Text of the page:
The Sad Clown
Timbul, a long-tailed macaque, puts his hand to his face to try and relieve the discomfort of his mask, while being trained to stand upright for a street show. Sights such as this are common in Indonesia, and Joan spent a long time gaining the trust of the monkey’s owners. ‘They are not bad people,’ he says. Most are earning money to send their children to school.
Macaques like Timbul live in awful conditions, deprived of the social relationships they need to thrive. They work many hours, dancing and riding bikes, movements that are unnatural and uncomfortable. Animal charities are working to enforce legislation that makes it illegal to take young monkeys from the wild or to trade in them without a permit.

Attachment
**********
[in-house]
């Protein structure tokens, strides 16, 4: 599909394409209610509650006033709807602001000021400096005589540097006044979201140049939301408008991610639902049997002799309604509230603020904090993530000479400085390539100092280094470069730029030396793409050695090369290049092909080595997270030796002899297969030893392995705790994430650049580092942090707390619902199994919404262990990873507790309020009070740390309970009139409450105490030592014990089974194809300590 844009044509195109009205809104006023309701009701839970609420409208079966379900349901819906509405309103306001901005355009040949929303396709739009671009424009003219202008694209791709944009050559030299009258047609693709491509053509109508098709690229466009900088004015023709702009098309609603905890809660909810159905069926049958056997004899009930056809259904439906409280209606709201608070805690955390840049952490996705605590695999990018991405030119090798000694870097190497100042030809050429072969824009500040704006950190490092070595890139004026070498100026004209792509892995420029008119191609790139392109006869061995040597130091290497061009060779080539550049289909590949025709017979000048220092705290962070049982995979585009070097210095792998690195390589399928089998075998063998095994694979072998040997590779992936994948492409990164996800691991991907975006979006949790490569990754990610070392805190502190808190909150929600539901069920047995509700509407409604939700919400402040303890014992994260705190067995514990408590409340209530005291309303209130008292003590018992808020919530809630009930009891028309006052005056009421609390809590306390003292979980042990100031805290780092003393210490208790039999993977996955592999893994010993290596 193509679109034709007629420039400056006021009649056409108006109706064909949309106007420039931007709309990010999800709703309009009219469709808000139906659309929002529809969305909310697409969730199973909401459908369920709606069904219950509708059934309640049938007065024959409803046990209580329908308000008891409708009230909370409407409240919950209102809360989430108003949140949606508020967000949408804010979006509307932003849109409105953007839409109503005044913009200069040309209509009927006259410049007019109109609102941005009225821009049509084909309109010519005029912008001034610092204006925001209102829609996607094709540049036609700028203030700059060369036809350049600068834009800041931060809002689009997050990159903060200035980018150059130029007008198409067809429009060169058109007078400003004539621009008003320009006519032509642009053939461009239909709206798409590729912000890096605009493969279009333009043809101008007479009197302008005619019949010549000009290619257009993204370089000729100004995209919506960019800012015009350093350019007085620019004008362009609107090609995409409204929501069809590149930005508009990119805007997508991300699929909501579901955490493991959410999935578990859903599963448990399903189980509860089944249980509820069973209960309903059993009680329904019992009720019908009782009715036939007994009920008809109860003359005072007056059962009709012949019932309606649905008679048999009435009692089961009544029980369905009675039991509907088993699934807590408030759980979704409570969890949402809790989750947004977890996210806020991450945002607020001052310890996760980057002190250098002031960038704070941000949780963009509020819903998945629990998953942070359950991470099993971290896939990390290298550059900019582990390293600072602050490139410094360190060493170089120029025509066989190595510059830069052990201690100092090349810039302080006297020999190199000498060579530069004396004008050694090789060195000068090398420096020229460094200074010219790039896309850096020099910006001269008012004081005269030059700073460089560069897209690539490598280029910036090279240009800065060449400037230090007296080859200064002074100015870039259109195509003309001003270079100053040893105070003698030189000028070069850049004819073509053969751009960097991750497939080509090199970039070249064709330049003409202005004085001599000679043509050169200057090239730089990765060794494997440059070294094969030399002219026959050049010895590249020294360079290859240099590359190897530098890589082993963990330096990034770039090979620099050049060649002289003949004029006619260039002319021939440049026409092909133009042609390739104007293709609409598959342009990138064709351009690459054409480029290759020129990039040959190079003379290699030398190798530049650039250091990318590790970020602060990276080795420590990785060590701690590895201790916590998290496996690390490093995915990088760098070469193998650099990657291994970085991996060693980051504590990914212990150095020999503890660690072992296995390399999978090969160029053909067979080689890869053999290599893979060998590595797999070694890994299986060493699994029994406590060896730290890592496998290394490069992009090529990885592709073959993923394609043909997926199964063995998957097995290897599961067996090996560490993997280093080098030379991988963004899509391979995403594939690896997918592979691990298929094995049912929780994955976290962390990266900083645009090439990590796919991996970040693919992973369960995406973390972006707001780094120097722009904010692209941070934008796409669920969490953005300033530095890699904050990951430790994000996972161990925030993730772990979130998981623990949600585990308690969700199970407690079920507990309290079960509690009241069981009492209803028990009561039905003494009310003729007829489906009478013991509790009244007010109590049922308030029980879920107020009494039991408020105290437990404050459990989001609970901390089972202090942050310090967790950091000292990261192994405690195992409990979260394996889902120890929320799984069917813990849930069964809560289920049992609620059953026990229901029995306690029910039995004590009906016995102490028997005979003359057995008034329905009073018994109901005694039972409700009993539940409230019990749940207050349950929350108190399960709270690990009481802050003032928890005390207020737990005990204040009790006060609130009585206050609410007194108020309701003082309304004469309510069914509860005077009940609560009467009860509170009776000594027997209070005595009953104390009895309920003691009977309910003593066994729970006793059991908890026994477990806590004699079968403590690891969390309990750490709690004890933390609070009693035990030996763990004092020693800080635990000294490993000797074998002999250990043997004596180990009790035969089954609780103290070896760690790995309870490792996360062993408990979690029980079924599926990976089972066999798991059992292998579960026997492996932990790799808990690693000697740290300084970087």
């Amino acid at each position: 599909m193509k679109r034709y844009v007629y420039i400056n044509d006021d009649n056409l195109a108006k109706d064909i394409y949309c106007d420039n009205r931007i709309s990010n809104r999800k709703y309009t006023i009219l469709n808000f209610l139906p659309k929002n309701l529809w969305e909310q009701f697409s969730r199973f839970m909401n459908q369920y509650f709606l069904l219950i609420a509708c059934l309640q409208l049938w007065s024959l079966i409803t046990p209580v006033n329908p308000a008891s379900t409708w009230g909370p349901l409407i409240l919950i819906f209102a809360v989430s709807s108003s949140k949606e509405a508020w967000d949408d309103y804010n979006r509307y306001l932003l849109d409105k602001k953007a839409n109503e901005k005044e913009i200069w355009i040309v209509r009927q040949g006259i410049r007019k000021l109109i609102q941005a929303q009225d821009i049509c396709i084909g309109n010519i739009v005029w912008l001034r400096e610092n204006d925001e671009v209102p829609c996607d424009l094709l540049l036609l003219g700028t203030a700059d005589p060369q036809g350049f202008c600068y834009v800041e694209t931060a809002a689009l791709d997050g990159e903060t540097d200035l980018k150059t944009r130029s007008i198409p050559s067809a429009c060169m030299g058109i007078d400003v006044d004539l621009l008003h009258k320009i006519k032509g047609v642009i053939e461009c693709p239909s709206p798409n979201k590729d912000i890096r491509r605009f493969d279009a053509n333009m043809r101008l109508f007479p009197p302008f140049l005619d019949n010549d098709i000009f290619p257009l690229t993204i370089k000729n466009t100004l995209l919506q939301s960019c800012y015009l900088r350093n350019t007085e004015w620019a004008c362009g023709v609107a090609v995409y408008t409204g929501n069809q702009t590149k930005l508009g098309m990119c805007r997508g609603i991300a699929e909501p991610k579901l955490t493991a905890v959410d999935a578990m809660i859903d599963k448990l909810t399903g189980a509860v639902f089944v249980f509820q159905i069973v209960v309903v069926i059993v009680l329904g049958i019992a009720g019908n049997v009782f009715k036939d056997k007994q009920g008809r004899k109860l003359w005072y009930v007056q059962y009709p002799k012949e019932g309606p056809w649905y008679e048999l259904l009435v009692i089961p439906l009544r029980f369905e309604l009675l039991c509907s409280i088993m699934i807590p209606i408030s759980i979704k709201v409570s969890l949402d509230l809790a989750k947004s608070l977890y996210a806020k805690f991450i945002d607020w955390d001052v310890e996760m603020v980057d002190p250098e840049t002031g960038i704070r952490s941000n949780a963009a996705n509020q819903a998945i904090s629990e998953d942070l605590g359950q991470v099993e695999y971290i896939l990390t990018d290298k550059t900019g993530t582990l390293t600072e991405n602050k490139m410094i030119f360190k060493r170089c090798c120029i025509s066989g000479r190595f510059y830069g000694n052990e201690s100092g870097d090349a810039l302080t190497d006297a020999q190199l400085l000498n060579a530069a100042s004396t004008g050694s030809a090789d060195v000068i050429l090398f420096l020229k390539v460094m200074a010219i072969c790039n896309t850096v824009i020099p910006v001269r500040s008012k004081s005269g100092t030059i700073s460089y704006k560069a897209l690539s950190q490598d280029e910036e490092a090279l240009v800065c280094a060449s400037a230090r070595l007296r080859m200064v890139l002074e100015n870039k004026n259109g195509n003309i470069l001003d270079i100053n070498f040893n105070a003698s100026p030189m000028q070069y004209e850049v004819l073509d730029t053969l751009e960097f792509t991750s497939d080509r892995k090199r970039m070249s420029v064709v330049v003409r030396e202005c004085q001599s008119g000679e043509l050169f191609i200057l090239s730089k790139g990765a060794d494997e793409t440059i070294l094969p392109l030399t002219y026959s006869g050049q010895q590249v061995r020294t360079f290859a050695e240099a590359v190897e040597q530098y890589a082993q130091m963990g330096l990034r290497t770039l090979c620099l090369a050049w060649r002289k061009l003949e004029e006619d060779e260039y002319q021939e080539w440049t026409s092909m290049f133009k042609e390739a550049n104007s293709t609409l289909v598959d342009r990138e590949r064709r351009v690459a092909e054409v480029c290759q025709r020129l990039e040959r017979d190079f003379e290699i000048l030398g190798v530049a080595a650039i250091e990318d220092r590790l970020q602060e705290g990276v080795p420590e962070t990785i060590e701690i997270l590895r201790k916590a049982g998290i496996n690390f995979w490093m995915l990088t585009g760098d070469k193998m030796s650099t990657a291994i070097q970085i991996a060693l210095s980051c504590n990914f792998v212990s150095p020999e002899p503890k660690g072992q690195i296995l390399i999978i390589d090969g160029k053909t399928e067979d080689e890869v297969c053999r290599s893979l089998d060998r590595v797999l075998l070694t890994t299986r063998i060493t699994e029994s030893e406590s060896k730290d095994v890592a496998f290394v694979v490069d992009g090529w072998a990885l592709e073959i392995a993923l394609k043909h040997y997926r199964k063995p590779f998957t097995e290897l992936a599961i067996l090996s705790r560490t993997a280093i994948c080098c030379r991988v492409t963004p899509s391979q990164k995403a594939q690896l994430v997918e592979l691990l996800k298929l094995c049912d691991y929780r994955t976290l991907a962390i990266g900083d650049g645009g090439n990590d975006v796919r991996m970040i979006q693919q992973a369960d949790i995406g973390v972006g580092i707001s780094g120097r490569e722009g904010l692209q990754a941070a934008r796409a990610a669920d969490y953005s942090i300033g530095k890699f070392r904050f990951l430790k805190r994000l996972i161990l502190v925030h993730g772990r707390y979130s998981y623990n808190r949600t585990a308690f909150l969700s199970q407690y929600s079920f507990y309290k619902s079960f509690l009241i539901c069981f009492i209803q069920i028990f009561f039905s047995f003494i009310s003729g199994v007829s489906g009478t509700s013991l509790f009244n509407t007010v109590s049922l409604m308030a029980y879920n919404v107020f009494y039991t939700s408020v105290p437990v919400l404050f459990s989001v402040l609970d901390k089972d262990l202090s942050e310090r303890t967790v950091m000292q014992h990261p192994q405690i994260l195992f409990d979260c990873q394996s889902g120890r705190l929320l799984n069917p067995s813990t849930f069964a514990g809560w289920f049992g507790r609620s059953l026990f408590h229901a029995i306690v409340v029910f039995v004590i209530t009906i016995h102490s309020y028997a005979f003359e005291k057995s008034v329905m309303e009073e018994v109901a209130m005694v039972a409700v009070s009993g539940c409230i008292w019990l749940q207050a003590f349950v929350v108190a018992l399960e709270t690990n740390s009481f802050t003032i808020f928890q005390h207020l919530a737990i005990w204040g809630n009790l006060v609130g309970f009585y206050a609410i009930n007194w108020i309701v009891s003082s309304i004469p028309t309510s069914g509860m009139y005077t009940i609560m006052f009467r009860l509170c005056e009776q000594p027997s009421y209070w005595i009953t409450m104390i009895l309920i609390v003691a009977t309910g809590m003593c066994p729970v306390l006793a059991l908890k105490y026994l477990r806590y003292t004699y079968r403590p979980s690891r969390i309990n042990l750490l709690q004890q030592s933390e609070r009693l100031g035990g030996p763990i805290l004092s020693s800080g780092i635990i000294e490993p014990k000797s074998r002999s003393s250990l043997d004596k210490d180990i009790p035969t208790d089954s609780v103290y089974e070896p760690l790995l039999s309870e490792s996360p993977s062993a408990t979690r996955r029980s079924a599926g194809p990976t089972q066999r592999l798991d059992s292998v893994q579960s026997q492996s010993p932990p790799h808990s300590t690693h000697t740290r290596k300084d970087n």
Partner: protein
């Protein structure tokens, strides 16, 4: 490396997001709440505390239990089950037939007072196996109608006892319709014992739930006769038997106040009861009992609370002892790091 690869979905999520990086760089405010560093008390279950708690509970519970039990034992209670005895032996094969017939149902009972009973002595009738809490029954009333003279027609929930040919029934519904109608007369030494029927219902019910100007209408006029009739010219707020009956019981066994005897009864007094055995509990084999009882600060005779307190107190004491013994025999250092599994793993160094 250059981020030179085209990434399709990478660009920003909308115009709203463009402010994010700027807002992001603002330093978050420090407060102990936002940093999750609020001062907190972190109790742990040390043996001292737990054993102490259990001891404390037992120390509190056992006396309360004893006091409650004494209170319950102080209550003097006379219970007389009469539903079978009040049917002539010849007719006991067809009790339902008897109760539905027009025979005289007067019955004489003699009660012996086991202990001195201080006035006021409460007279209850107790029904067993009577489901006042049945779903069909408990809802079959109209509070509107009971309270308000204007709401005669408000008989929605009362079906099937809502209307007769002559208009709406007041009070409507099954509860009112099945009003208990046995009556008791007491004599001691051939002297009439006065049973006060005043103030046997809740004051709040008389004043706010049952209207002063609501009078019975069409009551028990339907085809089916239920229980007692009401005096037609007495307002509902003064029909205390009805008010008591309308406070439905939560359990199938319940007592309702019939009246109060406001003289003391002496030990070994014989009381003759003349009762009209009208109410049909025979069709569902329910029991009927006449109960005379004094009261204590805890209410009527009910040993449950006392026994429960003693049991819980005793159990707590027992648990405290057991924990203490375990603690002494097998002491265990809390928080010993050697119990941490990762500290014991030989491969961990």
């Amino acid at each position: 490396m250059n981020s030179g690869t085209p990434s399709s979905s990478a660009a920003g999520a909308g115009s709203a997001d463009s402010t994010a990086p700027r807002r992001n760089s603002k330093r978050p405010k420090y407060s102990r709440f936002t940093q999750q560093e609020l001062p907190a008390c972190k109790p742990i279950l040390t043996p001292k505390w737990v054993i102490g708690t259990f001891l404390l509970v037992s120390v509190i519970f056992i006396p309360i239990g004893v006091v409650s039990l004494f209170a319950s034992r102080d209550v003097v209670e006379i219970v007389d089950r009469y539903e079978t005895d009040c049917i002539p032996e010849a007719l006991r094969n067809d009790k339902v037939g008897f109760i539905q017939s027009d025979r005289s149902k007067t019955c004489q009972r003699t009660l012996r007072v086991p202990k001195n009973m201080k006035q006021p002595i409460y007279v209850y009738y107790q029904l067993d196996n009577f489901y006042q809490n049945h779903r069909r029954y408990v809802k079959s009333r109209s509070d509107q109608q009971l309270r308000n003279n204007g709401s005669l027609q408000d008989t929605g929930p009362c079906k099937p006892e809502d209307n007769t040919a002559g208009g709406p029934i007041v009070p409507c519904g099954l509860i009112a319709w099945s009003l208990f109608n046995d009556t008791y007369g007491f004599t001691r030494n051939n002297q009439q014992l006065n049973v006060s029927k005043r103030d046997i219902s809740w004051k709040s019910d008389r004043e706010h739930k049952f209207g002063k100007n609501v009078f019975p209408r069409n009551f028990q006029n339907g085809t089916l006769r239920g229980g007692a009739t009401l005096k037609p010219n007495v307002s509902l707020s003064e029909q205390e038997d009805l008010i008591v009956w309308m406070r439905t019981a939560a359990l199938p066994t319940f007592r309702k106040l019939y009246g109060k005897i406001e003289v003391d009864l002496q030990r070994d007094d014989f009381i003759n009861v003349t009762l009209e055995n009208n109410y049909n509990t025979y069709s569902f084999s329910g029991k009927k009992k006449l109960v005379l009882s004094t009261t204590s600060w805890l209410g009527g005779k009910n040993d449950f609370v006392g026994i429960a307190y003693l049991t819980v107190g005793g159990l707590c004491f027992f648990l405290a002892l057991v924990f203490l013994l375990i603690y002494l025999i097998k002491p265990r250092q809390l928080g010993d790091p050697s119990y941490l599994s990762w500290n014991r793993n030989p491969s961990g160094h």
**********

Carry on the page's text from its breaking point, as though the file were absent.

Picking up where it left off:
Nikon D810 + 24–70mm f2.8 lens; 1/250 sec at f2.8; ISO 100; Speedlight SB-800 flash
Surabaya, Java, Indonesia
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Joan de la Malla, Spain
Joan is a freelance photographer focusing on nature, local communities and the environment. He is also a biologist specialising in organisms and systems. He currently devotes his time to conservation by working with national and international entities to raise awareness of the vital work to safeguard the future of endangered species and their habitats.